Since cell towers at our local schools would place them in the heart of our residential areas, adjacent to our schools where children spend as much as eight or more hours per day, five days a week, there is reason for parents and others to be alarmed.  For children who live near the school, their exposure would be round the clock.  Studies have not been conducted regarding the outcome of this type of continuous exposure to non-thermal radiation. 

If approved, our children will become part of what is becoming known as “the biggest human experiment of all time."  --  Dr. George Carlo.  (The telecommunications industry gave him 28.5 billion to research the dangers, if any, of cell phones. )

Read more from Dr. Carlo on the EMF Science website: http://www.emfscience.com/index2.html

Defeated Cell Towers
Many locations across the U.S. have been presented with this same proposal and have united to turn it down, stating the risks are far greater than any benefit that could be perceived.  To see a list of defeated cell towers, click this link:  http://www.celltowerdangers.org/defeated-cell-towers.html 



(These petitions are school-specific, but you can sign both of them and put the name of your school after your name to show that you are opposing not just the school named by the petition, but your neighborhood as well as all schools in DeKalb county.)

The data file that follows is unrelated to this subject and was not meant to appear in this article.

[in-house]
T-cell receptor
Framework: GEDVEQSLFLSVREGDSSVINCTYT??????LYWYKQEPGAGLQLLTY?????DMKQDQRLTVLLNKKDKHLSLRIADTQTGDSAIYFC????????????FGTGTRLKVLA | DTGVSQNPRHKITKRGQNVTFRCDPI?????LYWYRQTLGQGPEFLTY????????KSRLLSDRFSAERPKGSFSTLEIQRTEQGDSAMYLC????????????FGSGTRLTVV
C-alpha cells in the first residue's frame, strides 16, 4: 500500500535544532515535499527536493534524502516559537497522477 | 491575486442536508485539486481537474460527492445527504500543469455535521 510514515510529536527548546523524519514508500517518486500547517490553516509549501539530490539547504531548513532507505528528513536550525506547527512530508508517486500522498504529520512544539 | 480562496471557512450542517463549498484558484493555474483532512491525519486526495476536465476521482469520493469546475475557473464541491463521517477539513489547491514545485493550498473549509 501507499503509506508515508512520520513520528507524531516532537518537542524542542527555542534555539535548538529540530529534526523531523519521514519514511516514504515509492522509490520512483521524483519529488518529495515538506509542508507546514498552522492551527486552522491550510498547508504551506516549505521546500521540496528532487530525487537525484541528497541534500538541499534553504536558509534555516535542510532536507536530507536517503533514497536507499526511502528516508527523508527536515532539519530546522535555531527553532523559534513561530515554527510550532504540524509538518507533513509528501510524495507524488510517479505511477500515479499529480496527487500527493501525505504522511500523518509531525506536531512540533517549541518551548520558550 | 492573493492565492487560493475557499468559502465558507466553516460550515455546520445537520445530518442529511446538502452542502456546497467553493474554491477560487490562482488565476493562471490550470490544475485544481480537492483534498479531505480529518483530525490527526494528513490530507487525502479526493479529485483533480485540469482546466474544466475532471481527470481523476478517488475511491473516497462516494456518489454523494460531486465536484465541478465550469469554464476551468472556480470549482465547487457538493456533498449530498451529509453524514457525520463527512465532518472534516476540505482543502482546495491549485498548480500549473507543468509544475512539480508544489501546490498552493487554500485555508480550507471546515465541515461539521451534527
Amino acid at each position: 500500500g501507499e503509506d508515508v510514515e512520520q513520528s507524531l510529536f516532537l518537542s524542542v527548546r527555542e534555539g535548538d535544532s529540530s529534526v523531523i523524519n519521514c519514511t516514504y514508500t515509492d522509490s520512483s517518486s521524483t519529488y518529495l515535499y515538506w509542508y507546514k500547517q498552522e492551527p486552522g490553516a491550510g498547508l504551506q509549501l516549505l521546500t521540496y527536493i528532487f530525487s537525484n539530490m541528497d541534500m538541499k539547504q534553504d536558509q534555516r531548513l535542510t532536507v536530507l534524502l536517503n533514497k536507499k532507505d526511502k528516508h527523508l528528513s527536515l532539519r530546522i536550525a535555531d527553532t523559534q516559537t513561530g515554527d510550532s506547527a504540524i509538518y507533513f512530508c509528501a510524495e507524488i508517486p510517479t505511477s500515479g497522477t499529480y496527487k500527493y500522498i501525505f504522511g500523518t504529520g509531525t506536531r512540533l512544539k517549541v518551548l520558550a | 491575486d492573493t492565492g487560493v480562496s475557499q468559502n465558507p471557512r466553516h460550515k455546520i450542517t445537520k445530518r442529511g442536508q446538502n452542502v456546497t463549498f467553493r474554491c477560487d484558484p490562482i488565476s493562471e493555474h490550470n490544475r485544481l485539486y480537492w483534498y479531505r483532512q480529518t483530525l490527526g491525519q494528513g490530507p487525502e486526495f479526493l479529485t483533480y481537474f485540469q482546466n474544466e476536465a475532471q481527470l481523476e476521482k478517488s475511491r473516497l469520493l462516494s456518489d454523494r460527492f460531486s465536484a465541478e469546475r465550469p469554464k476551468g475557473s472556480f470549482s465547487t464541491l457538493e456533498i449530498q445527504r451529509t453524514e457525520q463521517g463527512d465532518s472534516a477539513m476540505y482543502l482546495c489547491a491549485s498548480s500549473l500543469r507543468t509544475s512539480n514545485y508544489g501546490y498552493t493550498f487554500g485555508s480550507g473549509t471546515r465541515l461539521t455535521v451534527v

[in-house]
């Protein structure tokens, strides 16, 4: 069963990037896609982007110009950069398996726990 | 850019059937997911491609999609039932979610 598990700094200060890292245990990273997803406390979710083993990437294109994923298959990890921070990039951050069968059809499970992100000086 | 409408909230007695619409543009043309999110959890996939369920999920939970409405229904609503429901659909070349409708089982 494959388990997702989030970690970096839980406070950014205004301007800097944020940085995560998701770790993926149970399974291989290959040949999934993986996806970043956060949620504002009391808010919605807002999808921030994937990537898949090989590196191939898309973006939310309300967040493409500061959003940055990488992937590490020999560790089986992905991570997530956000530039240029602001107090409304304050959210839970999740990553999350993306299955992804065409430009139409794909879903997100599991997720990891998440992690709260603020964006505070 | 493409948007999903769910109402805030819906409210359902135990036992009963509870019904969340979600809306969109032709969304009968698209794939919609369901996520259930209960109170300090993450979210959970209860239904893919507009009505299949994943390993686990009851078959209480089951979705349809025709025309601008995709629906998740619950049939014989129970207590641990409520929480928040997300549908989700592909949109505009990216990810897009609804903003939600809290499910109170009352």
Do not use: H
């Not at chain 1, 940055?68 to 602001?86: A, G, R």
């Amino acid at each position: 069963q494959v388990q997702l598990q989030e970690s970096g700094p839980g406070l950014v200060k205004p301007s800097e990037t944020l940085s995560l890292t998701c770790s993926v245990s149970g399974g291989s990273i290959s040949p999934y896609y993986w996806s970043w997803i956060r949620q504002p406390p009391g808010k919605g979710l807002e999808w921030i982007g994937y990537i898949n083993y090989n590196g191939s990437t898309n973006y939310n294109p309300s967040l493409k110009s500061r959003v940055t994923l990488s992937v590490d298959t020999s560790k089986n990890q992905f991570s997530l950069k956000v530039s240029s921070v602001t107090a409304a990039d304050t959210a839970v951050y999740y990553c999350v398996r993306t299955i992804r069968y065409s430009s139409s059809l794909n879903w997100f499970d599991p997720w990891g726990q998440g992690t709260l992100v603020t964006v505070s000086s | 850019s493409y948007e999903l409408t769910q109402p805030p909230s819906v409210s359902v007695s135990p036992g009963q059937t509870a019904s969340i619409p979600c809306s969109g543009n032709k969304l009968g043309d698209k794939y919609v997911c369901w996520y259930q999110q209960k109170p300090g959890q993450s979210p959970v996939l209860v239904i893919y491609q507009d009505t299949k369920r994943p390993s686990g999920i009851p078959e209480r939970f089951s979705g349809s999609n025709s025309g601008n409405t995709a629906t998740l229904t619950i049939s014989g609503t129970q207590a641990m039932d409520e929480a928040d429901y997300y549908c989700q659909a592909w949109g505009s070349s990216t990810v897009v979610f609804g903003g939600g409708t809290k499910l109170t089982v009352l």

It is too late for a written letter to arrive via US Mail.  However, you can still submit a feedback form via this link:  http://www.dekalb.k12.ga.us/tellus/ Or, write to your particular zone representative.  Here is a list of names and email addresses: http://dekalbschoolwatch.blogspot.com/p/facts-sources.html

Your friends and neighbors are likely to be unaware that this issue is even being considered right now, especially if they do not have children.  

Children are at the greatest risk

Children are in particular danger from these emissions as their head sizes are smaller, their skulls are thinner and their bodies are still growing.  A study is underway that will further evaluate the effects of cell phones on children.  It can be reviewed at:  http://www.mbkds.net/ Results are expected in 2013. 

Health concerns for the community

Those who live near cell phone towers are exposed to radiofrequency radiation 24 hours a day.  During that time there are higher and lower exposure levels.  General symptoms include headaches, fatigue, concentration problems, dizziness, insomnia, depression, appetite loss, skin rashes, and discomfort. Any financial gain the county hopes to receive in return for the cell tower lease would clearly not be worth risking the lives and health of our children.  

For more information